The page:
- Opposites attract. Chocolate and chili, lime and black pepper. These are just a couple of examples where opposite tastes seem made for one another. A tangy Sauvignon Blanc matches perfectly with buttery fresh cheeses, as does the luscious pairing between a sweet Moscato wine and a salty Stilton or Italian Parmesan.
- Things that grow together go together. The concept of terroir describes the environment (including soil and climate) in which wines grow. The same idea can be applied to cheese. As such, it can be fun (and educational) to match wine and cheese from the same area. Brunello and Pecorino di Pienza from Tuscany or Sancerre and chèvre from France are two beloved pairings based on terroir.
How to Pick the Right Cheeses to Suit Your Wine
Preparing the perfect cheese board for your wine can be a challenge when there are so many incredible varieties —from fresh cheeses like feta and hard cheese like Monterey Jack to washed-rind stinkers like Epoisses and blue cheese like Roquefort.
If you’re thinking about serving a variety of cheeses with a single wine, focus on the acidity. Light, citrusy wines like Riesling are flexible and pair well with most cheeses, whether it’s delicate ricotta or sharp blue. Sparkling wines also fit the bill. The effervescent bubbles of Champagne, Cava or Brut wines cut through the buttery fat of cheese to minimize the clash of mismatching flavors while cleansing your palate.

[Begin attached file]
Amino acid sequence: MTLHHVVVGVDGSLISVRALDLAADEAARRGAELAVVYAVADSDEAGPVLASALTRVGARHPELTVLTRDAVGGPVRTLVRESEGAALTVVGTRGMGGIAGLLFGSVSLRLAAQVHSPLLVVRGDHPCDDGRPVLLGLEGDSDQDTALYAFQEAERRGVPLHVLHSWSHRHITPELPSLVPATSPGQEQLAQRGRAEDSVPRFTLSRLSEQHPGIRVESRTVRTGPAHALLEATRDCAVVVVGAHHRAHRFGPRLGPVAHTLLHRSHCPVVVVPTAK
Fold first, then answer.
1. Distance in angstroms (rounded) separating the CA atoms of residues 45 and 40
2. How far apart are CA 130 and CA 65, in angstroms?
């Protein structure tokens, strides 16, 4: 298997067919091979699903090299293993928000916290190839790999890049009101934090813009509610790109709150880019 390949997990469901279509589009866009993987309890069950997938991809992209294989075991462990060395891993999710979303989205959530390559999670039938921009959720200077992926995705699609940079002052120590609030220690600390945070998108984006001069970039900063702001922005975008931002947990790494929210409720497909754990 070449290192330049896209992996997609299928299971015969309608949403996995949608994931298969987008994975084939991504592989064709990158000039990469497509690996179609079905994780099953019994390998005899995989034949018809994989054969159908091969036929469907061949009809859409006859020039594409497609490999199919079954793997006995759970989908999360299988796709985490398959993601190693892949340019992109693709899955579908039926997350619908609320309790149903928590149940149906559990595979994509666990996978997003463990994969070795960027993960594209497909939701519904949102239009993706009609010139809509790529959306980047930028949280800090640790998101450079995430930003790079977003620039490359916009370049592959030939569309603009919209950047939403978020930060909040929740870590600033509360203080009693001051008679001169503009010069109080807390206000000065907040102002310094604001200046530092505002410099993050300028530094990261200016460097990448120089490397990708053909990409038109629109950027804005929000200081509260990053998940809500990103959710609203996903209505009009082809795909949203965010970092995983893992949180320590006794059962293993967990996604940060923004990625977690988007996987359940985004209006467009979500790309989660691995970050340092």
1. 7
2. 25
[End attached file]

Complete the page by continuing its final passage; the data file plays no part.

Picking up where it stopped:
It’s not easy to find a single wine that will match all cheeses, so consider serving a specific cheese with each wine. Here’s a brief rundown of the main cheese types and which types of wine pair best with them.
Washed-rind cheeses (also called smear-ripened) have a unique farm-style aroma. While these cheeses are undeniably stinky, many cheese connoisseurs consider them the most delicious of all.
Examples in this cheese category include Gruyere, Munster, Taleggio, Morbier, Tomme de Savoie, and the aptly named Stinking Bishop. Washed-rind cheeses often have a subtle sweetness to them, while others are nutty with a hint of earthy funk.
Fruity whites such as Riesling, Gewürztraminer, Chenin Blanc, and Sauternes are great matches for washed-rind cheese. The wine’s sweetness clings to the creamy content of the cheese and creates a striking taste sensation.
Heavier red varietals may taste metallic and flat with washed-rind cheese. However, fruity reds such as Gamay, Cabernet Franc, and Nebbiolo, which have a more taste-friendly acidity, can work well with these cheeses.
Fresh, Unripened Cheeses
The tangy cheeses of the unripened variety are often sold infused with chili, herbs, fruits, and spices. Examples of this category of cheese include feta, ricotta, mascarpone, and mozzarella.